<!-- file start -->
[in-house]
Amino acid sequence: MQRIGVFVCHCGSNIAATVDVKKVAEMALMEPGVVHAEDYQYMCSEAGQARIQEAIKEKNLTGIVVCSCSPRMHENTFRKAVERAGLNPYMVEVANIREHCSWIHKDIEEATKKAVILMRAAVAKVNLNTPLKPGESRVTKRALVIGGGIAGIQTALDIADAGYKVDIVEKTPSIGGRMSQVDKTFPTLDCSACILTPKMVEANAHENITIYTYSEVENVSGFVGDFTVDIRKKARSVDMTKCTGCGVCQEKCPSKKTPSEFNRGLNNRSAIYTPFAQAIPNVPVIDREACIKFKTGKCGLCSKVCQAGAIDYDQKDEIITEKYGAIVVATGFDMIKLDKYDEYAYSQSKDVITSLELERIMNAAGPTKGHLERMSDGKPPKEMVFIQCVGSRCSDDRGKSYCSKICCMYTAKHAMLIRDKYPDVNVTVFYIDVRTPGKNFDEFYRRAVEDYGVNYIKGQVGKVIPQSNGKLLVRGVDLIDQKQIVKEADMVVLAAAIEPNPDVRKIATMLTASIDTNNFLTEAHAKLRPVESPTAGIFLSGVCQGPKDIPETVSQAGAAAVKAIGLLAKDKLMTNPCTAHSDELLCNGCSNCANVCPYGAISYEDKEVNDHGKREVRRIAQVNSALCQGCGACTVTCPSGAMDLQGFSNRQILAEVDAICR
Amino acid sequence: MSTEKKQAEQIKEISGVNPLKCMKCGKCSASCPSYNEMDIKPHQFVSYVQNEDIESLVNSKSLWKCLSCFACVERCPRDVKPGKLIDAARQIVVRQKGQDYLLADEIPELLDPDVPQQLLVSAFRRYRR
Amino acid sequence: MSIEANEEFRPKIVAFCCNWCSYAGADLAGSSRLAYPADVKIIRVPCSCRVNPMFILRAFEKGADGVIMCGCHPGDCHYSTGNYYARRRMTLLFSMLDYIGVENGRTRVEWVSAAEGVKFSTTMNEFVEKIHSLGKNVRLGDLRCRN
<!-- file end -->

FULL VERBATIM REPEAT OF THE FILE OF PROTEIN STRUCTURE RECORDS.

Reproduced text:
[in-house]
Amino acid sequence: MQRIGVFVCHCGSNIAATVDVKKVAEMALMEPGVVHAEDYQYMCSEAGQARIQEAIKEKNLTGIVVCSCSPRMHENTFRKAVERAGLNPYMVEVANIREHCSWIHKDIEEATKKAVILMRAAVAKVNLNTPLKPGESRVTKRALVIGGGIAGIQTALDIADAGYKVDIVEKTPSIGGRMSQVDKTFPTLDCSACILTPKMVEANAHENITIYTYSEVENVSGFVGDFTVDIRKKARSVDMTKCTGCGVCQEKCPSKKTPSEFNRGLNNRSAIYTPFAQAIPNVPVIDREACIKFKTGKCGLCSKVCQAGAIDYDQKDEIITEKYGAIVVATGFDMIKLDKYDEYAYSQSKDVITSLELERIMNAAGPTKGHLERMSDGKPPKEMVFIQCVGSRCSDDRGKSYCSKICCMYTAKHAMLIRDKYPDVNVTVFYIDVRTPGKNFDEFYRRAVEDYGVNYIKGQVGKVIPQSNGKLLVRGVDLIDQKQIVKEADMVVLAAAIEPNPDVRKIATMLTASIDTNNFLTEAHAKLRPVESPTAGIFLSGVCQGPKDIPETVSQAGAAAVKAIGLLAKDKLMTNPCTAHSDELLCNGCSNCANVCPYGAISYEDKEVNDHGKREVRRIAQVNSALCQGCGACTVTCPSGAMDLQGFSNRQILAEVDAICR
Amino acid sequence: MSTEKKQAEQIKEISGVNPLKCMKCGKCSASCPSYNEMDIKPHQFVSYVQNEDIESLVNSKSLWKCLSCFACVERCPRDVKPGKLIDAARQIVVRQKGQDYLLADEIPELLDPDVPQQLLVSAFRRYRR
Amino acid sequence: MSIEANEEFRPKIVAFCCNWCSYAGADLAGSSRLAYPADVKIIRVPCSCRVNPMFILRAFEKGADGVIMCGCHPGDCHYSTGNYYARRRMTLLFSMLDYIGVENGRTRVEWVSAAEGVKFSTTMNEFVEKIHSLGKNVRLGDLRCRN